It’s hard to generalise about changes needed for languages programmes of study. In schools where very little language teaching has taken place, or where “taster” sessions have been the main focus, then a more concerted programme will be required. However, where schools have already begun teaching of a modern language across KS2, it is quite likely that they are covering much of the programme of study already.


The changes to mathematics have been widely discussed and are in some ways substantial. That said, much of the material will be familiar to teachers at both key stages. The change in emphasis is from a broader range of skills to an increased focus on the knowledge and application of number, and particularly on recall of number facts. Schools will need to look at what content is expected at an earlier age, with some requirements being dropped or left until later, particularly in terms of data handling.

The most substantial area of change for many schools will be in the expectations in fractions.

Documents to compare the new curriculum with the old Mathematics units from the 2006 framework are available at


As with Art, the changes to the new curriculum seem to have been largely confined to the removal of detail from the programmes of study. As such, any existing plans will probably serve the new curriculum well. The only key area of difference that schools will need to consider is the expectation that students begin to use standard staff notation by the end of KS2.

Physical Education

The new requirements for PE are again very limited. The focus tips slightly from individual health and wellbeing to team sports and games, but much of what is already happening in schools will match the new requirements. Similarly, the requirement to be able to swim 25m unaided by the end of KS2 remains unchanged.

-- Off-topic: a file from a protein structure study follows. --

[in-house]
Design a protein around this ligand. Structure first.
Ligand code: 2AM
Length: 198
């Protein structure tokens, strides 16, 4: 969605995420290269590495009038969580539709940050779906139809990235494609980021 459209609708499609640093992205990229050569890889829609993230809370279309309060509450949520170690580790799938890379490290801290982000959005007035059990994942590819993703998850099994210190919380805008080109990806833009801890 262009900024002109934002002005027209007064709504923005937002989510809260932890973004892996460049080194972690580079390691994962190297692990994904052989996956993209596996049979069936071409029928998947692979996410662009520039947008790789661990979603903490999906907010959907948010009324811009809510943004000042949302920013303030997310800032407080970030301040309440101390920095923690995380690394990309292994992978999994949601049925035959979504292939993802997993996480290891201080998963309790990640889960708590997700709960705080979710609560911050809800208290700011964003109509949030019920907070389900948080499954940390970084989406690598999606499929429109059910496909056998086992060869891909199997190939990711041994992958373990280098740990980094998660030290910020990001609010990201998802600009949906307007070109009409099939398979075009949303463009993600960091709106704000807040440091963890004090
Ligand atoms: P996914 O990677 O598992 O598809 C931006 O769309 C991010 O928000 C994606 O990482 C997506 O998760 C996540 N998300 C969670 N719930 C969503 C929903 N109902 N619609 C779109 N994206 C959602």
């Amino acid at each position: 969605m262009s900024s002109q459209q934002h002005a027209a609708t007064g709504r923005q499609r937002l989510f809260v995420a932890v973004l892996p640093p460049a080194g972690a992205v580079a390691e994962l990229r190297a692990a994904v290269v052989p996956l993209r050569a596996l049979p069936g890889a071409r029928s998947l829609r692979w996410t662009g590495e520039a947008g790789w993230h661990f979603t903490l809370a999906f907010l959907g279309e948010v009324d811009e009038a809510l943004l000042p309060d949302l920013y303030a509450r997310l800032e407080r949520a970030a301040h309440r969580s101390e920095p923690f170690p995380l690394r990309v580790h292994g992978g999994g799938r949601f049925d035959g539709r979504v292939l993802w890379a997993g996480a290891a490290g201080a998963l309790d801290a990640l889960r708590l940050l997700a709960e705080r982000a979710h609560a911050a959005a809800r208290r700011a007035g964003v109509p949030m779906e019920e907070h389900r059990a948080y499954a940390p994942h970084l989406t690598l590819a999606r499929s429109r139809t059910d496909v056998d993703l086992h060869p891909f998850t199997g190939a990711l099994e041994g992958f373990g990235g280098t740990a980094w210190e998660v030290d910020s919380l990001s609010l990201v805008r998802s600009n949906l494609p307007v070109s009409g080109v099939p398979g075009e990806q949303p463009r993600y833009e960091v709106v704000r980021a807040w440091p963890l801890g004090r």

The Science changes were limited in scope and largely involve either the moving of content (e.g. the removal of light, sound, electricity & forces from KS1), or small new introductions (evolution at Year 6).

At KS1 schools will be able to make more use of outdoor space and learning through studies of nature that are now required.

At KS2, the new evolution unit is new content, and some higher demands are made in some areas. However, for schools following schemes of work based on the old QCA units, there is much consistency between the two programmes, and a continued focus on the applications of Science.

A more detailed comparison of the new and old programmes of study can be found at:


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13 thoughts on “New Curriculum? What new curriculum?

  1. misshorsfall 12 January 2014 at 9:14 pm Reply

    Thanks for this great overview! Just the thing to pass along to colleagues who are stressing about all of this 🙂

    • Michael Tidd 12 January 2014 at 9:21 pm Reply

      Glad you found it so. That’s my theory: the first thing we need to do to get folk to engage in curriculum change is reassure them that it doesn’t mean everything must go.

  2. teachingbattleground 12 January 2014 at 9:39 pm Reply

    Reblogged this on The Echo Chamber.

  3. primaryblogger1 12 January 2014 at 10:14 pm Reply

    Reblogged this on Primary Blogging.

  4. John 13 January 2014 at 12:34 pm Reply

    Thank you for these as they will be really useful when we discuss the changes.

  5. nancy 13 January 2014 at 2:56 pm Reply

    Thanks Michael. i feel that you are responsible for quite a lot of bacon saved! IKNWIM

  6. […] on from my previous post about what doesn’t need to change for the new curriculum, I thought it might be equally useful to consider the main areas where considerable change is […]

  7. […] A further blog on what doesn’t need to change for the new curriculum can be found at New Curriculum? What New Curriculum? […]

  8. Weekend Reading… | prawnseyeblog 24 January 2014 at 7:23 am Reply

    […] 1. Curriculum change by @michaelt1979 […]

  9. […] New Curriculum? What new curriculum? […]

  10. […] New curriculum? What new curriculum? […]